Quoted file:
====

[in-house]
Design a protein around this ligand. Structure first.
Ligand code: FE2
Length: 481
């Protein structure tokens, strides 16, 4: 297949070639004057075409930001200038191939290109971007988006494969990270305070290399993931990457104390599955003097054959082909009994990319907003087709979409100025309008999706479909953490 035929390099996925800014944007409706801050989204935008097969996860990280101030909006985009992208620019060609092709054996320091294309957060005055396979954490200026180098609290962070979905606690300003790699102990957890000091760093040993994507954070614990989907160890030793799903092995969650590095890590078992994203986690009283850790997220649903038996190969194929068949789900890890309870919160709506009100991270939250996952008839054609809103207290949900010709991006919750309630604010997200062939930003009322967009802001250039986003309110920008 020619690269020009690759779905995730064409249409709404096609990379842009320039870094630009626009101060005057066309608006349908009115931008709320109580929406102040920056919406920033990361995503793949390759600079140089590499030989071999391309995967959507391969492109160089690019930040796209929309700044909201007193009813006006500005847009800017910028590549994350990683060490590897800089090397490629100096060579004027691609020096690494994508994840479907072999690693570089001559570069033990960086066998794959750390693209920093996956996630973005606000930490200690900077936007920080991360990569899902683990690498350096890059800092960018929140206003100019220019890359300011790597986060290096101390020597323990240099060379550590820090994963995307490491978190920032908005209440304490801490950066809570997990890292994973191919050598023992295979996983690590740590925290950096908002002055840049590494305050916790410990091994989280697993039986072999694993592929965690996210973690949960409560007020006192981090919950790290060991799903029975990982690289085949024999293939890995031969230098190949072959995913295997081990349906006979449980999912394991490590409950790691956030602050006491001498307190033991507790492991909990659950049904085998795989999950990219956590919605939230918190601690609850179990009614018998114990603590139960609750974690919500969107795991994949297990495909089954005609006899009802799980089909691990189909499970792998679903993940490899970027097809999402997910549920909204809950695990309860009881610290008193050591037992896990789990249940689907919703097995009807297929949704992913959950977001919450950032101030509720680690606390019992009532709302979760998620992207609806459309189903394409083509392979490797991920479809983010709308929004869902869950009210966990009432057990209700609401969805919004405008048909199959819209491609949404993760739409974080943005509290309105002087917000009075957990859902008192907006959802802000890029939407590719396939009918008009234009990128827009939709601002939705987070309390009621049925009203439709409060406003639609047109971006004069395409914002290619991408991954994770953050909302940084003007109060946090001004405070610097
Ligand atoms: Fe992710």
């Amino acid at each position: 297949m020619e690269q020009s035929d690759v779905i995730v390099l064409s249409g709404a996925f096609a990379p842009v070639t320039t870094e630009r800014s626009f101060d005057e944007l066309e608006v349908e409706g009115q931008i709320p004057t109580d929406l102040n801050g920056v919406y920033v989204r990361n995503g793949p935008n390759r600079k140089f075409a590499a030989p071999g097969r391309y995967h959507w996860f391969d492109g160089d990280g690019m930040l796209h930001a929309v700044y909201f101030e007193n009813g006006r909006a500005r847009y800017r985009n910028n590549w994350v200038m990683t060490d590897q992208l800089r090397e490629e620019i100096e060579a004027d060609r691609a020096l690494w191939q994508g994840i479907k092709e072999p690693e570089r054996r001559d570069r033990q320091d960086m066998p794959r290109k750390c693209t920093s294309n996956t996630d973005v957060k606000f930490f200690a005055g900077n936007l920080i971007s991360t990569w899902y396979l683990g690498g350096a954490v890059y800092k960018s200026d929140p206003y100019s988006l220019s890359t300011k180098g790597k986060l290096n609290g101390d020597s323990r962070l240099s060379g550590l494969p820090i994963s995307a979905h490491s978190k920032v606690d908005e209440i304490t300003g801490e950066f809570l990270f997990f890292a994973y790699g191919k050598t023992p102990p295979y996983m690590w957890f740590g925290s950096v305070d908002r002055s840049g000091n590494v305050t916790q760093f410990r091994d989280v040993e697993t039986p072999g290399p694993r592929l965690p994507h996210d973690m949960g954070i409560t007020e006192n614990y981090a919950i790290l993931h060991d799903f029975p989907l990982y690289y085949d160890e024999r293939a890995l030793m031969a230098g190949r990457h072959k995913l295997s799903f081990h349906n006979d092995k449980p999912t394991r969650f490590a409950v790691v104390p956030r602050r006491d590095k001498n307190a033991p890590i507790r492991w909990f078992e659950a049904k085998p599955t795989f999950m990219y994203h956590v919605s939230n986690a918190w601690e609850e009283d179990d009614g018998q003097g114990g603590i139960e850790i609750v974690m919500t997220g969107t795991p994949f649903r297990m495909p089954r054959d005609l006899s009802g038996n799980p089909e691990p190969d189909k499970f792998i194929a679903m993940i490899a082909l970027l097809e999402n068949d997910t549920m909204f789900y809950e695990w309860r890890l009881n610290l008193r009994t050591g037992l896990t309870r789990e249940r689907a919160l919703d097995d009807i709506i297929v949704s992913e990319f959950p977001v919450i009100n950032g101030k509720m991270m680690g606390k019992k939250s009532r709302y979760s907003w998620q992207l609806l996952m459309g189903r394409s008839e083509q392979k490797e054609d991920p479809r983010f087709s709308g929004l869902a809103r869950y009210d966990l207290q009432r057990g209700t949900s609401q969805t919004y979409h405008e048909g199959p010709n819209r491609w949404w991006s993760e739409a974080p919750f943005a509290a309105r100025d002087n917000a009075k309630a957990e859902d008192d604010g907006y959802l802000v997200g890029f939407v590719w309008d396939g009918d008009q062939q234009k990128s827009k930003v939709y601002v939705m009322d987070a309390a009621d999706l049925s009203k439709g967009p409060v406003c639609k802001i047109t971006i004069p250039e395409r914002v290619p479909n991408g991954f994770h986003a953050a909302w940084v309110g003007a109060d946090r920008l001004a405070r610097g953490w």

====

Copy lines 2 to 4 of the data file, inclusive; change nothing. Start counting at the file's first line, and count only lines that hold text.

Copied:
Design a protein around this ligand. Structure first.
Ligand code: FE2
Length: 481